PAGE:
- The IOM did not contact many Polish forced labourers even though the germans had a list of all of these people and I myself applied for and received forcedMessage 1 of 34 , Feb 1, 2012View SourceThe IOM did not contact many Polish forced labourers even though the germans had a list of all of these people and I myself applied for and received forced labour details of my friend Edward Popik (now 86) and applied for him. However I was told that IOM had been closed and all monies spent.Sheila Bannister (Wojciechowska)Chesterfield, England----- Original Message -----From: eve5jSent: Wednesday, February 01, 2012 1:03 AMSubject: [Kresy-Siberia] Re: holocaust victims
Last paragraph below should read:
Non-Jewish victim groups of past settlements also received less monies propotionately than Jewish victims. These settlements were all unjust.
--- In Kresy-Siberia@yahoogroups.com, "eve5j" <Eve5J@...> wrote:
> Poles were definitely excluded from all recent cases ending in 2001. I know this from research and also Polish Americans who represented organizations who sued for inclusion in court in New York, but were denied. They appealed and lost. This is fact.
> The groups receiving compensation were: Jews, Roma, homosexuals, Jehovah's Witnesses, and the disabled. (These are the same named victim groups appearing in all media since that time to currently.) All others were excluded. Of 1 million non-Jewish slave laborers, only 30,000 qualified as a "Victim or Target of Nazi Persecution."
> Non-Jewish victims of past settlements also received less monies propotionately than Jewish victims. These settlements were all unjust.
> --- In Kresy-Siberia@yahoogroups.com, Danuta Janina Wójcik <sandlily@> wrote:
> > Financial compensation
> > for Nazi slave laborers
> > All were entitled to ongoing compensation regardless of ethnicity.
> > "The International Organization for Migration attempted to reach all potential claimants and to disperse compensation payments to successful applications. The filing deadline expired on 2001-DEC-31."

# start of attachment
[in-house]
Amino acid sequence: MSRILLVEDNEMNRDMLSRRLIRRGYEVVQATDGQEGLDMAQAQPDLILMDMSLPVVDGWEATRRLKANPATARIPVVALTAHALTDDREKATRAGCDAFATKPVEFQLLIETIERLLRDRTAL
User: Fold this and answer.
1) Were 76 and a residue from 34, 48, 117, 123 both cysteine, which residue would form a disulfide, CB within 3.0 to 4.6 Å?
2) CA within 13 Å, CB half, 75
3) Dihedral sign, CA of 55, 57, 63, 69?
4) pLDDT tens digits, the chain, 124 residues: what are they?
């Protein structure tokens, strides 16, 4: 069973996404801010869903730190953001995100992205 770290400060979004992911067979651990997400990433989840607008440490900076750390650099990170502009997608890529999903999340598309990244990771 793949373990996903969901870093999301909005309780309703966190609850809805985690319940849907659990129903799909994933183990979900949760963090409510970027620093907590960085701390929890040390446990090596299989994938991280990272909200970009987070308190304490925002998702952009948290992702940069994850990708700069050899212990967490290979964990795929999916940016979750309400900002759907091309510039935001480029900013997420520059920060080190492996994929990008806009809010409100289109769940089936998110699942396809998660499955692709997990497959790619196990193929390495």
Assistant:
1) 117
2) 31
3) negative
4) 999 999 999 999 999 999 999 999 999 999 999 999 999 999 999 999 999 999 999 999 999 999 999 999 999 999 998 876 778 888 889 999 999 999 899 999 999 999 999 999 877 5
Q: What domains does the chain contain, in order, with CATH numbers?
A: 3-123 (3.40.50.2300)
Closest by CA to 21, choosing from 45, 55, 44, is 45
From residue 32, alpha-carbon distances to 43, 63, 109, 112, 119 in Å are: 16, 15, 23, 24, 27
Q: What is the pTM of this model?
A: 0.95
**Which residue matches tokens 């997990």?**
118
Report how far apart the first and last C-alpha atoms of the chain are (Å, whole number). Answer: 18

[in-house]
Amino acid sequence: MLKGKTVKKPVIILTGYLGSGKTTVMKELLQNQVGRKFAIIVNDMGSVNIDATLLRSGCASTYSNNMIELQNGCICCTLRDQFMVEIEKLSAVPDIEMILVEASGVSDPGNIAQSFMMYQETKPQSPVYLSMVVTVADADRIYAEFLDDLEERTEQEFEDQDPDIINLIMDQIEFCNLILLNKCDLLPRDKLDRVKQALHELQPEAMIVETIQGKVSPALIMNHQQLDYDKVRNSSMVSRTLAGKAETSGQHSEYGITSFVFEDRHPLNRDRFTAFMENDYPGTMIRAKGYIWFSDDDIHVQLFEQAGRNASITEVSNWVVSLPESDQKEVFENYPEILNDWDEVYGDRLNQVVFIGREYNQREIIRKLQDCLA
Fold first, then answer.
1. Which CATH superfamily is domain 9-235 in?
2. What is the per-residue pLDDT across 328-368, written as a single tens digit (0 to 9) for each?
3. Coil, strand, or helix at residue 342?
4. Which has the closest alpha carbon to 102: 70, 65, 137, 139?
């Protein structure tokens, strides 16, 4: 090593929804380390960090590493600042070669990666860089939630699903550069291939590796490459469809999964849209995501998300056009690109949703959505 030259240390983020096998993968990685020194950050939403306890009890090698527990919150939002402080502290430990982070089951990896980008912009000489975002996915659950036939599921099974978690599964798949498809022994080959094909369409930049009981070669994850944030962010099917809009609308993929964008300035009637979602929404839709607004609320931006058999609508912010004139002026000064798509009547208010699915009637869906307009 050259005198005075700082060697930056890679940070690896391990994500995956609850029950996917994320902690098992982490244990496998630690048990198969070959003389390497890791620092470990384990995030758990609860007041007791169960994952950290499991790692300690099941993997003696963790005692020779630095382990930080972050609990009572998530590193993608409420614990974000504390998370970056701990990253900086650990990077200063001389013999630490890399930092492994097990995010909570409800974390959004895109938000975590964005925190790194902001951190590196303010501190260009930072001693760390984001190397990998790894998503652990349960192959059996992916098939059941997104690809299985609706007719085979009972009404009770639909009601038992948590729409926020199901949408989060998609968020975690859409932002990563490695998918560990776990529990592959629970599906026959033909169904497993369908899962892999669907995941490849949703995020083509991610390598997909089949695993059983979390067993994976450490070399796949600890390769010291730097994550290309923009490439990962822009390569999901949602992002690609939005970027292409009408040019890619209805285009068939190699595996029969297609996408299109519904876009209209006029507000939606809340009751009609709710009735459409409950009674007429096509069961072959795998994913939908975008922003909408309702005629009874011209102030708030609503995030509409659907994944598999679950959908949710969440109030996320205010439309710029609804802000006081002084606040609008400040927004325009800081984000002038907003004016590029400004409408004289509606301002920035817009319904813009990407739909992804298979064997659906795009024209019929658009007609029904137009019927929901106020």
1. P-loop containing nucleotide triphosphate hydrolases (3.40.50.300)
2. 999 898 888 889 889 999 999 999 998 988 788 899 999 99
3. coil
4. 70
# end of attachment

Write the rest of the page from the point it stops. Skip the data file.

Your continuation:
- His father was imprisoned, I think in the 1950s, and sent to a Soviet uranium mine. He was released after some years but died while fairly young. At dinner oneMessage 34 of 34 , Feb 4, 2012View SourceHis father was imprisoned, I think in the 1950s, and sent to a Soviet
uranium mine. He was released after some years but died while fairly
young. At dinner one night he (my neighbor) got talking because he was
in my company and had been asking about such things, and also because
his cousin and family were visiting from Germany, and they both shared
the experience of escaping from Poland. And perhaps there was a glass of
wine involved. Anyhow, he told his father's story about dinner in the
camp, and how one particular sadistic trusty (I don't know the Polish or
Russian or even British name for a prisoner who collaborates with the
guards for better treatment) died as the result of an accident, probably
no accident at all, and that night a human skull turned up in the soup vat.
At this exact moment, his pretty wife (a classmate of my daughter's at
Harvard, as it happens) came out from the kitchen to ask whether we
wanted ice cream on our cake for dessert. Even as she spoke, she was
processing this story which she had heard while entering the room, and
the expression on her face was something to behold. In her right hand
she held a plate of chocolate cake by itself, and in her left the same
cake a la mode.
They have certainly livened up the neighborhood, though they haven't
been up much this winter. The previous owners never spoke to us. I once
saw them walking along the road with a baby carriage, and thought, Oh! a
grandchild, how nice! but on getting closer realized that it was a dog
in the carriage (pram).
Blue skies! -- Dan Ford USA
On 2/4/2012 12:58 PM, Cynthia Pukiello wrote:
> Hello Dan,
> Could not help but say a few words re;your neighbour & just how
> affluent these people are after all they have gone through & good luck
> to him ,you are e
> very fortunate to have such a neighbour.
> I am the widow of a polish man who was arrested aged 16 years & sent
> as a deportee to Siberia.
> Good wishes are sent to you & yours.
> Cynthia Pukiello (English UK).